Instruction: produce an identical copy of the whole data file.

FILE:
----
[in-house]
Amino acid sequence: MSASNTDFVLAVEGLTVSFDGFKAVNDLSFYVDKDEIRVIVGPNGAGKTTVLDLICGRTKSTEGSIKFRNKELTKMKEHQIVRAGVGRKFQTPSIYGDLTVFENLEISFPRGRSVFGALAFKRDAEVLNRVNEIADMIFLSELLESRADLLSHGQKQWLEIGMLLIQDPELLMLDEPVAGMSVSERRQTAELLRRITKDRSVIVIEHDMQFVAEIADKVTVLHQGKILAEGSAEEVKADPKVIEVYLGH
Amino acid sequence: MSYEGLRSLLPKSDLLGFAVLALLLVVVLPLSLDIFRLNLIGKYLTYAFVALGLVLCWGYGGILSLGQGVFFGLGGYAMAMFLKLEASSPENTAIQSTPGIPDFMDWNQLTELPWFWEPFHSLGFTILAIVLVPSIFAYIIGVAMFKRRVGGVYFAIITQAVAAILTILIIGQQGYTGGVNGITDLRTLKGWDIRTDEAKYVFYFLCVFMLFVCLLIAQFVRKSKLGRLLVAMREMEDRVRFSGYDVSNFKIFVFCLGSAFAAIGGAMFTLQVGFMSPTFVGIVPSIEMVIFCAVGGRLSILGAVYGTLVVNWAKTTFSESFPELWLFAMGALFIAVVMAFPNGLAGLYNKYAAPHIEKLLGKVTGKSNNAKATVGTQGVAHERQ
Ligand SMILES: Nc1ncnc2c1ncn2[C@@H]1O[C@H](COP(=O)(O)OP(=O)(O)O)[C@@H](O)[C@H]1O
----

[in-house]
Amino acid sequence: MSASNTDFVLAVEGLTVSFDGFKAVNDLSFYVDKDEIRVIVGPNGAGKTTVLDLICGRTKSTEGSIKFRNKELTKMKEHQIVRAGVGRKFQTPSIYGDLTVFENLEISFPRGRSVFGALAFKRDAEVLNRVNEIADMIFLSELLESRADLLSHGQKQWLEIGMLLIQDPELLMLDEPVAGMSVSERRQTAELLRRITKDRSVIVIEHDMQFVAEIADKVTVLHQGKILAEGSAEEVKADPKVIEVYLGH
Amino acid sequence: MSYEGLRSLLPKSDLLGFAVLALLLVVVLPLSLDIFRLNLIGKYLTYAFVALGLVLCWGYGGILSLGQGVFFGLGGYAMAMFLKLEASSPENTAIQSTPGIPDFMDWNQLTELPWFWEPFHSLGFTILAIVLVPSIFAYIIGVAMFKRRVGGVYFAIITQAVAAILTILIIGQQGYTGGVNGITDLRTLKGWDIRTDEAKYVFYFLCVFMLFVCLLIAQFVRKSKLGRLLVAMREMEDRVRFSGYDVSNFKIFVFCLGSAFAAIGGAMFTLQVGFMSPTFVGIVPSIEMVIFCAVGGRLSILGAVYGTLVVNWAKTTFSESFPELWLFAMGALFIAVVMAFPNGLAGLYNKYAAPHIEKLLGKVTGKSNNAKATVGTQGVAHERQ
Ligand SMILES: Nc1ncnc2c1ncn2[C@@H]1O[C@H](COP(=O)(O)OP(=O)(O)O)[C@@H](O)[C@H]1O